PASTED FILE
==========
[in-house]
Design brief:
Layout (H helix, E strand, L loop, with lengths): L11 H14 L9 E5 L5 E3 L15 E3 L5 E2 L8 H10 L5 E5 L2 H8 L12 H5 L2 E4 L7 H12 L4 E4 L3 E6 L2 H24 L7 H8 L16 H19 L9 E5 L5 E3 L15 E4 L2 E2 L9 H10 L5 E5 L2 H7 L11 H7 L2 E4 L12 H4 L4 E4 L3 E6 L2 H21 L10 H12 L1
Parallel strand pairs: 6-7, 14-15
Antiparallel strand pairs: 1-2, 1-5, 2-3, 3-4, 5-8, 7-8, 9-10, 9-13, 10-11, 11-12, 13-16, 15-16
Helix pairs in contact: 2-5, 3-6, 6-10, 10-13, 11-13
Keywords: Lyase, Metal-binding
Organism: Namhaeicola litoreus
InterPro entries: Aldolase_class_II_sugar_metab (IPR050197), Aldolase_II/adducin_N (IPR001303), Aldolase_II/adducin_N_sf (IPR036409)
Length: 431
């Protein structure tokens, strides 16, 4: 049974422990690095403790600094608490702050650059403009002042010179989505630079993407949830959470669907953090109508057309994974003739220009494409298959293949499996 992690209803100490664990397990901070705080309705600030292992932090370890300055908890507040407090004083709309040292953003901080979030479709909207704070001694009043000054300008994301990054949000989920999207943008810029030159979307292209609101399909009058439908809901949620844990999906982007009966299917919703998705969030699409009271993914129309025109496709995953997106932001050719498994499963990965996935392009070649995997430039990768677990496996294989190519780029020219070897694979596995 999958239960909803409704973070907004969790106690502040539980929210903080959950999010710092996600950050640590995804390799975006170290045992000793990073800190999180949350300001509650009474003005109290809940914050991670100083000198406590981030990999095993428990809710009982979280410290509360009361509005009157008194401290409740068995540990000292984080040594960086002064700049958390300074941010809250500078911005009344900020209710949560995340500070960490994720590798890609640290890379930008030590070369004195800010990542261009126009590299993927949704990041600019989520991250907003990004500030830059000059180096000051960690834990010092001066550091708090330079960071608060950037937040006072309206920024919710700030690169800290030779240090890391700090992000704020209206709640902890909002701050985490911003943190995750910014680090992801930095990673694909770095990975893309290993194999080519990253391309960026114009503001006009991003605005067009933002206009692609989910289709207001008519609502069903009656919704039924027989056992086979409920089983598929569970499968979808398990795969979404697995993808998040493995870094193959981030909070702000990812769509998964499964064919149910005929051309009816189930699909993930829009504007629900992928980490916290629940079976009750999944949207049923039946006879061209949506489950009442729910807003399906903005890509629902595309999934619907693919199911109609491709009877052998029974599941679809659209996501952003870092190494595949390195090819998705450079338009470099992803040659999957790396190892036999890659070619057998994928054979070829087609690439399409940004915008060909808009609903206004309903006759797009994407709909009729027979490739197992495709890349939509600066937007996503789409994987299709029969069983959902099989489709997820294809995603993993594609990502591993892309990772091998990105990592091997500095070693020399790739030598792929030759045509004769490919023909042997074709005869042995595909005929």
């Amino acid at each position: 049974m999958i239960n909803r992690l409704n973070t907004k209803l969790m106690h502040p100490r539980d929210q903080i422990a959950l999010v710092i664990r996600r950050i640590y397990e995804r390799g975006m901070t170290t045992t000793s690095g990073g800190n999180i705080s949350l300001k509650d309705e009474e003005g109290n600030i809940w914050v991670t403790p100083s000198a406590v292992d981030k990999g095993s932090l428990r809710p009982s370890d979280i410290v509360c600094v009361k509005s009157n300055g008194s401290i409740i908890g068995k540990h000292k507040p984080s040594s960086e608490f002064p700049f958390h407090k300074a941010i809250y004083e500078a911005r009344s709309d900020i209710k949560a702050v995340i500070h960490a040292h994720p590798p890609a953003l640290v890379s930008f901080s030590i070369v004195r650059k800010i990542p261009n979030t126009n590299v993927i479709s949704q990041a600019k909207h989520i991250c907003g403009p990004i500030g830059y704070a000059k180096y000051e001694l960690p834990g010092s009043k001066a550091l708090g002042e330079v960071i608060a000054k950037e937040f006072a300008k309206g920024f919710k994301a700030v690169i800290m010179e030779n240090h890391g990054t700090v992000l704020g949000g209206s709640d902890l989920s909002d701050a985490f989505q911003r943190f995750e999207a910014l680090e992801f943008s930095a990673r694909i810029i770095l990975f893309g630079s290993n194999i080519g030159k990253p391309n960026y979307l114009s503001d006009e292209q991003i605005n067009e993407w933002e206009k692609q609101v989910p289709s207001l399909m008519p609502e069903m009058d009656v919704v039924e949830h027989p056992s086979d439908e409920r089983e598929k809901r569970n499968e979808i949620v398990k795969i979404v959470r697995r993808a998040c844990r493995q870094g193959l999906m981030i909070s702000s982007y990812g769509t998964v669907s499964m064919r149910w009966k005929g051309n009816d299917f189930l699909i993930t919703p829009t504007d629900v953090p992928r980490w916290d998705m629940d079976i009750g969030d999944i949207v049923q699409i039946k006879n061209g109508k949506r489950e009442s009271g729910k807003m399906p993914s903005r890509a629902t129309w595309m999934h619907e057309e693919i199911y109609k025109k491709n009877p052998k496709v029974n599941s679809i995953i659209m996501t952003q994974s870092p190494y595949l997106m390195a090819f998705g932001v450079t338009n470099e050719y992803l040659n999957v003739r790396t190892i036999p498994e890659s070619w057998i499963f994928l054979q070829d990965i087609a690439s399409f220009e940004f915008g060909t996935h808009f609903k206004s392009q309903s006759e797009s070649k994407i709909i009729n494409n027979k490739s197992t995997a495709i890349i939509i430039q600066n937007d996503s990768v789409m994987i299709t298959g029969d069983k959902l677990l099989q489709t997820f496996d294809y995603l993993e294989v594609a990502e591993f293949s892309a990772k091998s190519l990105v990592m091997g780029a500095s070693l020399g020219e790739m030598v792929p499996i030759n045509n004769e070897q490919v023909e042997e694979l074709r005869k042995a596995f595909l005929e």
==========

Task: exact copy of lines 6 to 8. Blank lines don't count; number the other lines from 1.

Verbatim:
Helix pairs in contact: 2-5, 3-6, 6-10, 10-13, 11-13
Keywords: Lyase, Metal-binding
Organism: Namhaeicola litoreus